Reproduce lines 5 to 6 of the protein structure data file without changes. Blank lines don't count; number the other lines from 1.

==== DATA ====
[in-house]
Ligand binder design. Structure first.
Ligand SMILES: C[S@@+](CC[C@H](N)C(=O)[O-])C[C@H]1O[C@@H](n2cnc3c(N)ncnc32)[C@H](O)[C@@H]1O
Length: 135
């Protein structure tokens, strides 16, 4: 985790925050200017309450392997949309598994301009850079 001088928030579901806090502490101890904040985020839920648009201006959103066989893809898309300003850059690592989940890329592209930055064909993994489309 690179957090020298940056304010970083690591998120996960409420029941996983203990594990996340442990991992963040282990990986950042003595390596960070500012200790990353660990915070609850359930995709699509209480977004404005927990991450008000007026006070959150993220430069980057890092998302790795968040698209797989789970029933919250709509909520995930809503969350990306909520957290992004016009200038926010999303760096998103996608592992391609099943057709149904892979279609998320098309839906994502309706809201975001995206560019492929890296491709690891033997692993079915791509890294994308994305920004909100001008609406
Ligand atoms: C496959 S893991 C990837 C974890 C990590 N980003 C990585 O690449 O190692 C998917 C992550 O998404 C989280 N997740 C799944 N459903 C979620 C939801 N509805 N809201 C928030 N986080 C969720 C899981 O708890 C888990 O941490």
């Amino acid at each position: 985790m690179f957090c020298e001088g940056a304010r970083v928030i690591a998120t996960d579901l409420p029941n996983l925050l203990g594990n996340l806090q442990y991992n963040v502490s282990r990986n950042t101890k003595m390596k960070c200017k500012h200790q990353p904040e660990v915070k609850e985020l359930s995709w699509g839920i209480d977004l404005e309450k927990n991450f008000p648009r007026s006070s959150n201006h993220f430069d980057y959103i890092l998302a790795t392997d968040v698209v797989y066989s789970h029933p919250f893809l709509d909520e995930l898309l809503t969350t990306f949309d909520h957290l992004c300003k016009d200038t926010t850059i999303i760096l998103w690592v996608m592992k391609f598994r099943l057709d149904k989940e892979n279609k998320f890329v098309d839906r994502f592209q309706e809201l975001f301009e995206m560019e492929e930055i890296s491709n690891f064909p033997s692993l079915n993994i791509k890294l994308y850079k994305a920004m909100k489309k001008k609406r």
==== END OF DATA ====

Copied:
């Protein structure tokens, strides 16, 4: 985790925050200017309450392997949309598994301009850079 001088928030579901806090502490101890904040985020839920648009201006959103066989893809898309300003850059690592989940890329592209930055064909993994489309 690179957090020298940056304010970083690591998120996960409420029941996983203990594990996340442990991992963040282990990986950042003595390596960070500012200790990353660990915070609850359930995709699509209480977004404005927990991450008000007026006070959150993220430069980057890092998302790795968040698209797989789970029933919250709509909520995930809503969350990306909520957290992004016009200038926010999303760096998103996608592992391609099943057709149904892979279609998320098309839906994502309706809201975001995206560019492929890296491709690891033997692993079915791509890294994308994305920004909100001008609406
Ligand atoms: C496959 S893991 C990837 C974890 C990590 N980003 C990585 O690449 O190692 C998917 C992550 O998404 C989280 N997740 C799944 N459903 C979620 C939801 N509805 N809201 C928030 N986080 C969720 C899981 O708890 C888990 O941490």